Last week, the clinic that I work for, Charlotte Community Health Clinic (CCHC), participated in National Health Center Week. During this week, across the nation, Federally Qualified Health Centers (FQHCs) put on free events like pediatric immunizations and health fairs for the community. Since FQHCs differ from free clinics in that they are more dependent […]

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Leaving the Davidson Bubble | Starting my Davidson Impact Fellowship at Matthews Free Medical Clinic

Here’s a list of some of my biggest challenges while attending Davidson College: Receiving a 45 out of 100 on my first biology exam (when the range of scores was 45-96) Living with the nickname “sack of potatoes” freshman year, though that was mostly self-induced due to infrequent laundering and a lack of personal grooming […]

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Light Bulb Moments: Impact and Expansion in Early Arts Learning

Have you ever heard an autistic, mute, 4-year old speak for the very first time? Neither have I, but our Wolf Trap Teaching Artists frequently work these miracles in Pre-K classrooms. So what’s the secret? How do these light bulb moments happen for children of diverse backgrounds? The answer is simple: arts-infused learning. Let me […]

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Understanding trauma and resilience through research, real stories and reality… my reality

I’m sure you are all well aware that social factors affect health. This framework was not unfamiliar to me when I first started working at Mountain Area Health Education Center (MAHEC). I understood that social experiences can influence health, but I didn’t realize to what extent until I began a research project at MAHEC on […]

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How to balance numbers with people: losing sight of the cause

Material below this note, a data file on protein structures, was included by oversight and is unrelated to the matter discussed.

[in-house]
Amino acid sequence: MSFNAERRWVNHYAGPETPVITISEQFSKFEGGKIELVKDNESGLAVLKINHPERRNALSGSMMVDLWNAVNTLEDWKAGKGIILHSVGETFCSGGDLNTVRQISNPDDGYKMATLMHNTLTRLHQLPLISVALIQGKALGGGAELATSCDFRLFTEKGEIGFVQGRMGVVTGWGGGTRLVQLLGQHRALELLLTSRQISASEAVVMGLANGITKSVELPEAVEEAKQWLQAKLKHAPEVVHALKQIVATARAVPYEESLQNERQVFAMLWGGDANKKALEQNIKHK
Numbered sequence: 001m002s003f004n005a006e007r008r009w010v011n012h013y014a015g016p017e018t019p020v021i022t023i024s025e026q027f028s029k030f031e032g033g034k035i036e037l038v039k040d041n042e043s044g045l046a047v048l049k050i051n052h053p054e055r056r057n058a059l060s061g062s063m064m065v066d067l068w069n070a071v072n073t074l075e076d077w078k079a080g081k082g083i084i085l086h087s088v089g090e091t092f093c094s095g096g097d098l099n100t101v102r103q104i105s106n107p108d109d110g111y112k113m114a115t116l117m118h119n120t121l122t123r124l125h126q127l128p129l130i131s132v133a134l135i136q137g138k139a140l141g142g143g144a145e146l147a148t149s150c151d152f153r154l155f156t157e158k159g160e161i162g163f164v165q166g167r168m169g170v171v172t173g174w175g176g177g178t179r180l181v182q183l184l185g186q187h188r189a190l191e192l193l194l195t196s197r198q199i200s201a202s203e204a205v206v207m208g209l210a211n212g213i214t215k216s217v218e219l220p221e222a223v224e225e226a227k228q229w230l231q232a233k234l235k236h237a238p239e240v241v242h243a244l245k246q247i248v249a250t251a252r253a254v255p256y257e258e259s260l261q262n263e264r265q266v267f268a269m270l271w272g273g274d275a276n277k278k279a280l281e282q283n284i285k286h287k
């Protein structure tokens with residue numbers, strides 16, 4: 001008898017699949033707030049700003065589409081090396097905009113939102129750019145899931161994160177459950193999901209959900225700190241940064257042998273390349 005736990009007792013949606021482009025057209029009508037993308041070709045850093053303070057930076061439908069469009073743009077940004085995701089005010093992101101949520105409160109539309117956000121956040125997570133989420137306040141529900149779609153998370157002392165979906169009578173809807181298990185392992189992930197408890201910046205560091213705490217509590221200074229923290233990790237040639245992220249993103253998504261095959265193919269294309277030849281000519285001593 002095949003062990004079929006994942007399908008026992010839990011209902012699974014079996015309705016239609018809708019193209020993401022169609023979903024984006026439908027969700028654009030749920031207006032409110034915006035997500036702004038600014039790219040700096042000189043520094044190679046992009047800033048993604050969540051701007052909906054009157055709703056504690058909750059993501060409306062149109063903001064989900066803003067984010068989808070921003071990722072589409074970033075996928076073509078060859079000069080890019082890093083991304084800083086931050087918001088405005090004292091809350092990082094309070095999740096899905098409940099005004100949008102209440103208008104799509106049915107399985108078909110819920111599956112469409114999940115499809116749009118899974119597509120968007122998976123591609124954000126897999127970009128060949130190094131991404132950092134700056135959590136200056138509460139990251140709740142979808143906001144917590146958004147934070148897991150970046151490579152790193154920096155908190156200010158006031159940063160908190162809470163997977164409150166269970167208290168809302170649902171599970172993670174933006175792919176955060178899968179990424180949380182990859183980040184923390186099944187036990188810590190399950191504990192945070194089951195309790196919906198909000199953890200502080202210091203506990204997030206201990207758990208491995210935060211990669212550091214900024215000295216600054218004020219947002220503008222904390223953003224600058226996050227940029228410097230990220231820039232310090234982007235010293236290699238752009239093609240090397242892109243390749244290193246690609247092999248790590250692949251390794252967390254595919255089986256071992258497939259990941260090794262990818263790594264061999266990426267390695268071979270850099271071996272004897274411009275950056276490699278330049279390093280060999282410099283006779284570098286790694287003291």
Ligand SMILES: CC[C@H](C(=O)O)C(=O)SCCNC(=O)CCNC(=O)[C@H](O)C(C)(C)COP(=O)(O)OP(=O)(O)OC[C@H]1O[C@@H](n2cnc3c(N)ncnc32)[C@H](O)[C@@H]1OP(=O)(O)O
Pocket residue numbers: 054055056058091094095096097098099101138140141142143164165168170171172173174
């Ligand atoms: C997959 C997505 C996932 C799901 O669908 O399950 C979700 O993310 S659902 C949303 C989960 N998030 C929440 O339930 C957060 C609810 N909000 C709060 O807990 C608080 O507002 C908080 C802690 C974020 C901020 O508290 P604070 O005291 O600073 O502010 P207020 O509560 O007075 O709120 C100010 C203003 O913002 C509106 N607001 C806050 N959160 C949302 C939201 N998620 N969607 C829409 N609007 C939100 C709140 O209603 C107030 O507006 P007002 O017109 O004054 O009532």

Living in Mwanza, Tanzania as an expat is like being in freshman year of college again except with slightly different questions. Instead of “what dorm do you live in?” and “what is your hometown?”, people continuously ask “how long have you been here?”, “which country are you from?” (although my very obvious American accent answers […]

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Dirty Jobs: Land Conservation and Environmental Management

My time at Catawba Lands Conservancy and Carolina Thread Trail has been split in many different directions, doing many different types of work, and working with all types of people. You can really learn a lot about the society we live in behind stands of pines and hardwoods, in the riparian lands along our creeks […]

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Introduction to Non-Profit Environmental Conservation Efforts in a Diverse and Developing Region

I am currently working for Catawba Lands Conservancy and Carolina Thread Trail in Charlotte, NC. Catawba Lands Conservancy (CLC) is a local not-for-profit land trust dedicated to preserving land to protect water quality, wildlife habitat, and farmland. The final tier to the Conservancy’s mission is to connect lives to nature in the Charlotte region, and […]

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Building Trust Through the Creation of Conflict

Recently, I had the opportunity to participate in an exciting exercise designed to build trust. Using items I found around the office, I created an obstacle course that teams had to guide a blindfolded team member through. Many people have probably participated in this activity, or one very similar to it, on a retreat or […]

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Simple, but Powerful Medicines: Patience, Listening and Trust

By the end of my time at Davidson, I had become so accustomed to immediate results. After a long evening session in the library, elegant graphs, lengthy Spanish sentences, and even chapters of my thesis would appear before my eyes. It was so satisfying to see my ideas and efforts rapidly crystallize into a tangible […]